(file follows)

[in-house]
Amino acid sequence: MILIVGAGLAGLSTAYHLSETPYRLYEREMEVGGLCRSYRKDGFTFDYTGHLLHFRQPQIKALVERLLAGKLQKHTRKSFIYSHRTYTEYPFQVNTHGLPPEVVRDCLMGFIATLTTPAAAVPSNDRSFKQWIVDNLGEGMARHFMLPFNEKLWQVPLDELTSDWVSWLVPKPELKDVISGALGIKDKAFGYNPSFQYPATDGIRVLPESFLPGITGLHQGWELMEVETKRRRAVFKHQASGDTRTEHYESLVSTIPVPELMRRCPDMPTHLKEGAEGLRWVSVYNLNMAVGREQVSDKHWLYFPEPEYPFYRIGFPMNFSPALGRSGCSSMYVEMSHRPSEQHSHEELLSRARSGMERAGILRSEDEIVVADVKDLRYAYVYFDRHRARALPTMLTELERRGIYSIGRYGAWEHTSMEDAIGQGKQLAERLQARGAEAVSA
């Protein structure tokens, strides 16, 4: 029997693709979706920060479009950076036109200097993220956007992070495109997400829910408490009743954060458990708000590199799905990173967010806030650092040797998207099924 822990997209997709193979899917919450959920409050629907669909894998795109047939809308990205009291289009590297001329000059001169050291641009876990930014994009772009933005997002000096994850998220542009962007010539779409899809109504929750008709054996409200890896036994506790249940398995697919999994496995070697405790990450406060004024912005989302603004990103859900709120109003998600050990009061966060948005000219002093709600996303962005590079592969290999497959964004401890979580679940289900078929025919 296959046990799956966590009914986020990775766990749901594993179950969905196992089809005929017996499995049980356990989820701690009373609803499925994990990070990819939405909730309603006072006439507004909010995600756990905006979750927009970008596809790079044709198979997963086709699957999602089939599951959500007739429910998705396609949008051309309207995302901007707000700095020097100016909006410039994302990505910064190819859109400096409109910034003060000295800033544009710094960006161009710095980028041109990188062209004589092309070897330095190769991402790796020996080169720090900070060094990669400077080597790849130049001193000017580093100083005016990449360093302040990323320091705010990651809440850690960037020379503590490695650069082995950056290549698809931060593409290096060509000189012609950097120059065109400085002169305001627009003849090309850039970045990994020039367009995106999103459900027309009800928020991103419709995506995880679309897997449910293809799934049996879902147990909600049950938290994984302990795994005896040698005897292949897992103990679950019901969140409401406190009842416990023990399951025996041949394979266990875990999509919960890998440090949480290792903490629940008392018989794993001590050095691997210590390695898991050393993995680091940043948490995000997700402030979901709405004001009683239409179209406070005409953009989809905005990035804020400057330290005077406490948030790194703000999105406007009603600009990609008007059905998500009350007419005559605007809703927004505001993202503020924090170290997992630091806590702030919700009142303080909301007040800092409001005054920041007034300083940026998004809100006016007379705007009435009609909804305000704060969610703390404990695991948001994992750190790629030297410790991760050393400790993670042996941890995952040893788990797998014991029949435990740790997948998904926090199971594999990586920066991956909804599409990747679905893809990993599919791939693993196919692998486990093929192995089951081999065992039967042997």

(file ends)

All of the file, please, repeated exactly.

[in-house]
Amino acid sequence: MILIVGAGLAGLSTAYHLSETPYRLYEREMEVGGLCRSYRKDGFTFDYTGHLLHFRQPQIKALVERLLAGKLQKHTRKSFIYSHRTYTEYPFQVNTHGLPPEVVRDCLMGFIATLTTPAAAVPSNDRSFKQWIVDNLGEGMARHFMLPFNEKLWQVPLDELTSDWVSWLVPKPELKDVISGALGIKDKAFGYNPSFQYPATDGIRVLPESFLPGITGLHQGWELMEVETKRRRAVFKHQASGDTRTEHYESLVSTIPVPELMRRCPDMPTHLKEGAEGLRWVSVYNLNMAVGREQVSDKHWLYFPEPEYPFYRIGFPMNFSPALGRSGCSSMYVEMSHRPSEQHSHEELLSRARSGMERAGILRSEDEIVVADVKDLRYAYVYFDRHRARALPTMLTELERRGIYSIGRYGAWEHTSMEDAIGQGKQLAERLQARGAEAVSA
């Protein structure tokens, strides 16, 4: 029997693709979706920060479009950076036109200097993220956007992070495109997400829910408490009743954060458990708000590199799905990173967010806030650092040797998207099924 822990997209997709193979899917919450959920409050629907669909894998795109047939809308990205009291289009590297001329000059001169050291641009876990930014994009772009933005997002000096994850998220542009962007010539779409899809109504929750008709054996409200890896036994506790249940398995697919999994496995070697405790990450406060004024912005989302603004990103859900709120109003998600050990009061966060948005000219002093709600996303962005590079592969290999497959964004401890979580679940289900078929025919 296959046990799956966590009914986020990775766990749901594993179950969905196992089809005929017996499995049980356990989820701690009373609803499925994990990070990819939405909730309603006072006439507004909010995600756990905006979750927009970008596809790079044709198979997963086709699957999602089939599951959500007739429910998705396609949008051309309207995302901007707000700095020097100016909006410039994302990505910064190819859109400096409109910034003060000295800033544009710094960006161009710095980028041109990188062209004589092309070897330095190769991402790796020996080169720090900070060094990669400077080597790849130049001193000017580093100083005016990449360093302040990323320091705010990651809440850690960037020379503590490695650069082995950056290549698809931060593409290096060509000189012609950097120059065109400085002169305001627009003849090309850039970045990994020039367009995106999103459900027309009800928020991103419709995506995880679309897997449910293809799934049996879902147990909600049950938290994984302990795994005896040698005897292949897992103990679950019901969140409401406190009842416990023990399951025996041949394979266990875990999509919960890998440090949480290792903490629940008392018989794993001590050095691997210590390695898991050393993995680091940043948490995000997700402030979901709405004001009683239409179209406070005409953009989809905005990035804020400057330290005077406490948030790194703000999105406007009603600009990609008007059905998500009350007419005559605007809703927004505001993202503020924090170290997992630091806590702030919700009142303080909301007040800092409001005054920041007034300083940026998004809100006016007379705007009435009609909804305000704060969610703390404990695991948001994992750190790629030297410790991760050393400790993670042996941890995952040893788990797998014991029949435990740790997948998904926090199971594999990586920066991956909804599409990747679905893809990993599919791939693993196919692998486990093929192995089951081999065992039967042997």